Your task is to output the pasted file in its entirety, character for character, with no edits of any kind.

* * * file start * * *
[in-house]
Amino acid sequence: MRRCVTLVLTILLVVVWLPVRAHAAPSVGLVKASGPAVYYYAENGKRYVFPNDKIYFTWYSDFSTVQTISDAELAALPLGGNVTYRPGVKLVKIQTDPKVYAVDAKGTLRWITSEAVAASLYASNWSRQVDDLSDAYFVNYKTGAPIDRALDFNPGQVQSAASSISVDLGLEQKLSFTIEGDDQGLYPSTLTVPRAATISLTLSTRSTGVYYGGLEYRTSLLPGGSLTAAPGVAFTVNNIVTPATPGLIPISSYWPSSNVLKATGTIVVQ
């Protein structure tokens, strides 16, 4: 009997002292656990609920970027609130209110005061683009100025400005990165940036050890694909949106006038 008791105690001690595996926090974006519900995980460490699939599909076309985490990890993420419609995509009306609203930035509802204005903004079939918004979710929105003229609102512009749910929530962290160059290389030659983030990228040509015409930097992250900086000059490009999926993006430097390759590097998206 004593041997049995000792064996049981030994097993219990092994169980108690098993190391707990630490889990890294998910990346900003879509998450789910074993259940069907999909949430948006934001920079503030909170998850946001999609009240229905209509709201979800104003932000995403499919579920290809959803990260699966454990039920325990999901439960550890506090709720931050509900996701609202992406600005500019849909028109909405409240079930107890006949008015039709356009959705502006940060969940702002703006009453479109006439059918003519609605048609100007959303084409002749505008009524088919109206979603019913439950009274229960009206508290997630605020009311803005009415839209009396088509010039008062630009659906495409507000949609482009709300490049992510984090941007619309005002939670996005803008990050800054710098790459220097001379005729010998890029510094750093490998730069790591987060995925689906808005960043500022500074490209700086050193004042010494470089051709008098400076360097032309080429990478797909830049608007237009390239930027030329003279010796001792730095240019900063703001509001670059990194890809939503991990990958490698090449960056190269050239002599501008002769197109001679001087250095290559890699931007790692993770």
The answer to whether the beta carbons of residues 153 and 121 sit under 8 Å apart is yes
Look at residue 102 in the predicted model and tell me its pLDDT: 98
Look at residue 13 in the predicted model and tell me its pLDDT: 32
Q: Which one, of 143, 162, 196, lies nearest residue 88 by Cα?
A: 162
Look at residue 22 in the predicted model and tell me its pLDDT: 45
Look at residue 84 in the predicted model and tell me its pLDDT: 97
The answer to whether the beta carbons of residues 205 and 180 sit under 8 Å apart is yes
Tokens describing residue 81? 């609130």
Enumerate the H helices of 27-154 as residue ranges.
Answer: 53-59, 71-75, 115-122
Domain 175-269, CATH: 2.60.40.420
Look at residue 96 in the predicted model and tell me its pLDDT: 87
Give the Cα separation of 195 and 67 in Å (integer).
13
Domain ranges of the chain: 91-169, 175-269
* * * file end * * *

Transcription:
[in-house]
Amino acid sequence: MRRCVTLVLTILLVVVWLPVRAHAAPSVGLVKASGPAVYYYAENGKRYVFPNDKIYFTWYSDFSTVQTISDAELAALPLGGNVTYRPGVKLVKIQTDPKVYAVDAKGTLRWITSEAVAASLYASNWSRQVDDLSDAYFVNYKTGAPIDRALDFNPGQVQSAASSISVDLGLEQKLSFTIEGDDQGLYPSTLTVPRAATISLTLSTRSTGVYYGGLEYRTSLLPGGSLTAAPGVAFTVNNIVTPATPGLIPISSYWPSSNVLKATGTIVVQ
């Protein structure tokens, strides 16, 4: 009997002292656990609920970027609130209110005061683009100025400005990165940036050890694909949106006038 008791105690001690595996926090974006519900995980460490699939599909076309985490990890993420419609995509009306609203930035509802204005903004079939918004979710929105003229609102512009749910929530962290160059290389030659983030990228040509015409930097992250900086000059490009999926993006430097390759590097998206 004593041997049995000792064996049981030994097993219990092994169980108690098993190391707990630490889990890294998910990346900003879509998450789910074993259940069907999909949430948006934001920079503030909170998850946001999609009240229905209509709201979800104003932000995403499919579920290809959803990260699966454990039920325990999901439960550890506090709720931050509900996701609202992406600005500019849909028109909405409240079930107890006949008015039709356009959705502006940060969940702002703006009453479109006439059918003519609605048609100007959303084409002749505008009524088919109206979603019913439950009274229960009206508290997630605020009311803005009415839209009396088509010039008062630009659906495409507000949609482009709300490049992510984090941007619309005002939670996005803008990050800054710098790459220097001379005729010998890029510094750093490998730069790591987060995925689906808005960043500022500074490209700086050193004042010494470089051709008098400076360097032309080429990478797909830049608007237009390239930027030329003279010796001792730095240019900063703001509001670059990194890809939503991990990958490698090449960056190269050239002599501008002769197109001679001087250095290559890699931007790692993770």
The answer to whether the beta carbons of residues 153 and 121 sit under 8 Å apart is yes
Look at residue 102 in the predicted model and tell me its pLDDT: 98
Look at residue 13 in the predicted model and tell me its pLDDT: 32
Q: Which one, of 143, 162, 196, lies nearest residue 88 by Cα?
A: 162
Look at residue 22 in the predicted model and tell me its pLDDT: 45
Look at residue 84 in the predicted model and tell me its pLDDT: 97
The answer to whether the beta carbons of residues 205 and 180 sit under 8 Å apart is yes
Tokens describing residue 81? 């609130």
Enumerate the H helices of 27-154 as residue ranges.
Answer: 53-59, 71-75, 115-122
Domain 175-269, CATH: 2.60.40.420
Look at residue 96 in the predicted model and tell me its pLDDT: 87
Give the Cα separation of 195 and 67 in Å (integer).
13
Domain ranges of the chain: 91-169, 175-269